Who's Byline is it Anyway?

This Wednesday I received an e-mail with attached article just before noon from our PR firm, the gist of which was: “We’ve authored an article with your byline and could you review it quickly because it has to be submitted to the editor by 5:00pm today.” Talk about a different world!
When I was a practicing scientist, ‘it’ was all about authoring scientific papers and the rules were and are still very strict: only say what you have data to backup; if you speculate make it clear that you are doing so and restrict speculation to the Discussion section; and most importantly, make sure you fully reference and attribute any work of others.
When I used to manage public relations for Allelix Biopharmaceuticals, I learned to write news releases; the style is very different than scientific papers of course. Interestingly there are always included quotations from some senior executive: “We are extremely pleased about blah, blah, blah.” Now if you’ve ever thought that was what the executive said, think again. It is what the release author thinks the executive should say if anyone asked them. And many times in an early draft one person, such as the CEO is supposed to have said it, but in the final release a VP or someone else gets the attribution.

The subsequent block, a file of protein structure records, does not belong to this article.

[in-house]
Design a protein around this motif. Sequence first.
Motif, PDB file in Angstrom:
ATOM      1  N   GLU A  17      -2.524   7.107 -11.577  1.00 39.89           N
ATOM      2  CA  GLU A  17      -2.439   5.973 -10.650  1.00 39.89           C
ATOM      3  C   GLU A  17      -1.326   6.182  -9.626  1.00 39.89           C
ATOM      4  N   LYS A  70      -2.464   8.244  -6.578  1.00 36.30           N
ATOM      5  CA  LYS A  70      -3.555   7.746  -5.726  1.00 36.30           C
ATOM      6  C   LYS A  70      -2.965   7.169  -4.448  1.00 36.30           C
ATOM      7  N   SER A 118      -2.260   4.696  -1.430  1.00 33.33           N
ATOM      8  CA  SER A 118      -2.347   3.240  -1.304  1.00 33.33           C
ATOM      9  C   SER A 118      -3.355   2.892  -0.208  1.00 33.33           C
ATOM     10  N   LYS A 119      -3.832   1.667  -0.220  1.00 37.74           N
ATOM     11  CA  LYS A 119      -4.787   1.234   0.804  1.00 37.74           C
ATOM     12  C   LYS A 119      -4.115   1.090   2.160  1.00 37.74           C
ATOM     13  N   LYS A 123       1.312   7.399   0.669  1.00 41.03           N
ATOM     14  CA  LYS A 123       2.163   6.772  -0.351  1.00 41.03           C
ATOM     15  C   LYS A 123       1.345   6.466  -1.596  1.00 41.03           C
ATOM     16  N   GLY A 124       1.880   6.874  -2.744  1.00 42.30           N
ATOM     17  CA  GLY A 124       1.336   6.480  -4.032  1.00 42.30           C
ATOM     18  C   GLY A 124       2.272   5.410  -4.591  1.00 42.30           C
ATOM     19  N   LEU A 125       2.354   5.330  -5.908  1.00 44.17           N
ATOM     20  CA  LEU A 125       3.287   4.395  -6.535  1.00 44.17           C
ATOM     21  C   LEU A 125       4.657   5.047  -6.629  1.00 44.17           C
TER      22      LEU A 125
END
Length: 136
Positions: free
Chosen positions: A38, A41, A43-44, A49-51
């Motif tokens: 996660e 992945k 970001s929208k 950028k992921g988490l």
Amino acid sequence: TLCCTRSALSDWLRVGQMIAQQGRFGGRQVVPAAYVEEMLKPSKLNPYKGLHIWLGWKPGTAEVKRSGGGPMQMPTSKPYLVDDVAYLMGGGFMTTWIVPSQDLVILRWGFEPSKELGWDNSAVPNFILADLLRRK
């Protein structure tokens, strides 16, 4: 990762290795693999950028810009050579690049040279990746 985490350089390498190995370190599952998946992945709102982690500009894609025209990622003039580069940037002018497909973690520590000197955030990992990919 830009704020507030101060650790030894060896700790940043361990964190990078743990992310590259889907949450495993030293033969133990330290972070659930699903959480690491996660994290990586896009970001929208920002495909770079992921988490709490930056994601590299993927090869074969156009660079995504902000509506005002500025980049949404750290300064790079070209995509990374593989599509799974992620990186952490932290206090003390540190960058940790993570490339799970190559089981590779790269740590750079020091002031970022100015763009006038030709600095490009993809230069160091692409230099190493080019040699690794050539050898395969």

None of this really matters since most of the time the beautiful release becomes a two- or three-line filler in a magazine or newspaper, and the quotation goes unused. As an aside, that’s why the title of a news release has to make the key point, and the first paragraph has to say everything that is really important. Then subsequent paragraphs say it again in a bit more detail, and then finally there is a quotation or two. Sometimes reporters will actually use a quotation from a release. Apparently it is OK to write a column which makes it sound like you actually interviewed the person by using that quotation even if you never did.
A few weeks ago I heard a radio show discussing how the quality of journalism is declining because under deadline pressure journalists are more often using material from company releases almost verbatim. Well I guess over the years I’ve done my little bit to grease the skids…
Not to say that is true of all journalists – I’ve given interviews over the years where they actually used something I said in the interview in the final article; not always correctly mind you, but hey…
So what did I do with that story with a 5:00 deadline? I dropped what I was doing, rewrote a good chunk of it and sent it back to our PR firm. By the way, much of the article was taken from other articles that I had written, so it was mostly my stuff. But then we get into another issue, I was trained never to publish the same thing in two different journals. But apparently that doesn’t apply in the world I’m in now…

No comments:

Post a Comment